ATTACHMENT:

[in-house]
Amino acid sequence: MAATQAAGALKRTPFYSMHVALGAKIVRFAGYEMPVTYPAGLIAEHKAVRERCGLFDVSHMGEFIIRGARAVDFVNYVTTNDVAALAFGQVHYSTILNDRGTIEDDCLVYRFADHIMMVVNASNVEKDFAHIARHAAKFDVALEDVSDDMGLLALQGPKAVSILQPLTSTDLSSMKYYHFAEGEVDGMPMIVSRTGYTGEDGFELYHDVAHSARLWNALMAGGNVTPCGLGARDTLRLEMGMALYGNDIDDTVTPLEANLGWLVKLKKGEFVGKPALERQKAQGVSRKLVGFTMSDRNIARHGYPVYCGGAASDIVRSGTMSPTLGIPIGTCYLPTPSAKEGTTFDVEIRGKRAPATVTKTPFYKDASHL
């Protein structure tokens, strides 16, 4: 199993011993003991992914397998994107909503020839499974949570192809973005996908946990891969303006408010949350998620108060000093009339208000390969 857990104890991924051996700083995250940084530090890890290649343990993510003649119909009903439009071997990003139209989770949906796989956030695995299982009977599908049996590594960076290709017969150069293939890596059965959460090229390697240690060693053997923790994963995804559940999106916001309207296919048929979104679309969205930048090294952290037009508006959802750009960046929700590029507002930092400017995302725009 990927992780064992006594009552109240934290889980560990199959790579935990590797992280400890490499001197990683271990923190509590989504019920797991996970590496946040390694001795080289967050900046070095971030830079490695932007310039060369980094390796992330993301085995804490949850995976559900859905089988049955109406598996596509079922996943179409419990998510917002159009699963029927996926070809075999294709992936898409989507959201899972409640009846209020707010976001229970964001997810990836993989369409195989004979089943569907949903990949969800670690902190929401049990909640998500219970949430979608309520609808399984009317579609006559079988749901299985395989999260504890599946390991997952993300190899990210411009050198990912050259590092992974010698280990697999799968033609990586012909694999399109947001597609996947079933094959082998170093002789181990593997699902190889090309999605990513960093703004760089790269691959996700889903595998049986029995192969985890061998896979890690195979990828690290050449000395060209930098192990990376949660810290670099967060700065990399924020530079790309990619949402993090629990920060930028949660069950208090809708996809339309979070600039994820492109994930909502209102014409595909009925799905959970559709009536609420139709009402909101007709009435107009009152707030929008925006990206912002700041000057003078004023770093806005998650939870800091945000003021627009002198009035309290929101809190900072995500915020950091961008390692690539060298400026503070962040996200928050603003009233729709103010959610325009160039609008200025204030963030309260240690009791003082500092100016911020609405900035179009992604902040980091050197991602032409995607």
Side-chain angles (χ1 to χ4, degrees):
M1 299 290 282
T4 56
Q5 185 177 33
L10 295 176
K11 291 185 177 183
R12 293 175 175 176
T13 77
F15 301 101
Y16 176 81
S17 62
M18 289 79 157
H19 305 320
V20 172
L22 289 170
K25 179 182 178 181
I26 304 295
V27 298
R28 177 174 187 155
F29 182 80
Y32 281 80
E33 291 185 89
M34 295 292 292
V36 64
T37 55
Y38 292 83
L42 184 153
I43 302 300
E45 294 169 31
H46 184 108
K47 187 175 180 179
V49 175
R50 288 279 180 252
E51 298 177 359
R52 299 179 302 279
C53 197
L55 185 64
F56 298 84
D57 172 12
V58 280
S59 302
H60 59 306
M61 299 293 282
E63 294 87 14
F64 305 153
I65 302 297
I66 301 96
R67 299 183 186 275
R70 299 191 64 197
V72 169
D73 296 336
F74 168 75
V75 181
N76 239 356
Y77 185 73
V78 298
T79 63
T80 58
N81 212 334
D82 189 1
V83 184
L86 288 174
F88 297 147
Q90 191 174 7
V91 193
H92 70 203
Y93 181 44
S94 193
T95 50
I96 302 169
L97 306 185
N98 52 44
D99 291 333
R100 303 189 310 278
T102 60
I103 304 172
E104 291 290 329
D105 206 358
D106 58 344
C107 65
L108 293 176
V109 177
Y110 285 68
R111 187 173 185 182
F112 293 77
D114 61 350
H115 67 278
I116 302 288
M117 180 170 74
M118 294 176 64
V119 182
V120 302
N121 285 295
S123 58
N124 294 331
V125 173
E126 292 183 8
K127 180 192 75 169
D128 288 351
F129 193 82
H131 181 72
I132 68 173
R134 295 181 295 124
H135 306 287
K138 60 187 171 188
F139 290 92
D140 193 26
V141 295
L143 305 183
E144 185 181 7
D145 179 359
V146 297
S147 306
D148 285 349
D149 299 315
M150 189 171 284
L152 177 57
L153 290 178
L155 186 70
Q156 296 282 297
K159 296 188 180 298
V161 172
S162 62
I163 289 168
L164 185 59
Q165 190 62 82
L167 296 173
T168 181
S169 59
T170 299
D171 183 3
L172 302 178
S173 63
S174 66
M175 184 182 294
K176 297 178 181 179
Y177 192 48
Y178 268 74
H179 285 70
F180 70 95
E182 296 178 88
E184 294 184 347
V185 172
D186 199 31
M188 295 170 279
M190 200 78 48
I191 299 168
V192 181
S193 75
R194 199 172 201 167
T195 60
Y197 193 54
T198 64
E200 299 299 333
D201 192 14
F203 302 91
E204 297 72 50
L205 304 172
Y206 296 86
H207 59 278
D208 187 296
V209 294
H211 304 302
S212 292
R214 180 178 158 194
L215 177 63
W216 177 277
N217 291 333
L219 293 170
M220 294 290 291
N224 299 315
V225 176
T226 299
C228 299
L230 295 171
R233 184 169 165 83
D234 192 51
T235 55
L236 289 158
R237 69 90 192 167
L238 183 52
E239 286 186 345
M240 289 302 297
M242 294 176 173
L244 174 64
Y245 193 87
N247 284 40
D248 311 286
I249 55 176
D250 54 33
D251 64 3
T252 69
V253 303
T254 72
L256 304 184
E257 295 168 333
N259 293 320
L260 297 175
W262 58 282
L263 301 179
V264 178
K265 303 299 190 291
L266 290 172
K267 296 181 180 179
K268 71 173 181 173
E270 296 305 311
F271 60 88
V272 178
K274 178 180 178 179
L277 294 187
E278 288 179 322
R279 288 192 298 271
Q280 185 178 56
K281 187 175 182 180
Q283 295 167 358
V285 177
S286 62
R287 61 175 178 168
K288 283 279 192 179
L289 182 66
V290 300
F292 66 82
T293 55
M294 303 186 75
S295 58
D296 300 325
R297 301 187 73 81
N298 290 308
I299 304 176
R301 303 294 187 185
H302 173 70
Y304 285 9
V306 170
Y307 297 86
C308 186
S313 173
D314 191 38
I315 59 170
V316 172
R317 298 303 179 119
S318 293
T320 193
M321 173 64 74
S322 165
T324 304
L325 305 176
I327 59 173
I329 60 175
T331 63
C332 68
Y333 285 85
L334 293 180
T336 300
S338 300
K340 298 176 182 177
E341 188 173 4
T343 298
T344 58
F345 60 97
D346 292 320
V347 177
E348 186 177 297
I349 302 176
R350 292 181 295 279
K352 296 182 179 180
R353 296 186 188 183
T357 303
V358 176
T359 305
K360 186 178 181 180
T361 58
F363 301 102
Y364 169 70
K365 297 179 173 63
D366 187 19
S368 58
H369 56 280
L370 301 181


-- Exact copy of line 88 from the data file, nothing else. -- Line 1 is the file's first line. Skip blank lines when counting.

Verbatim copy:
F112 293 77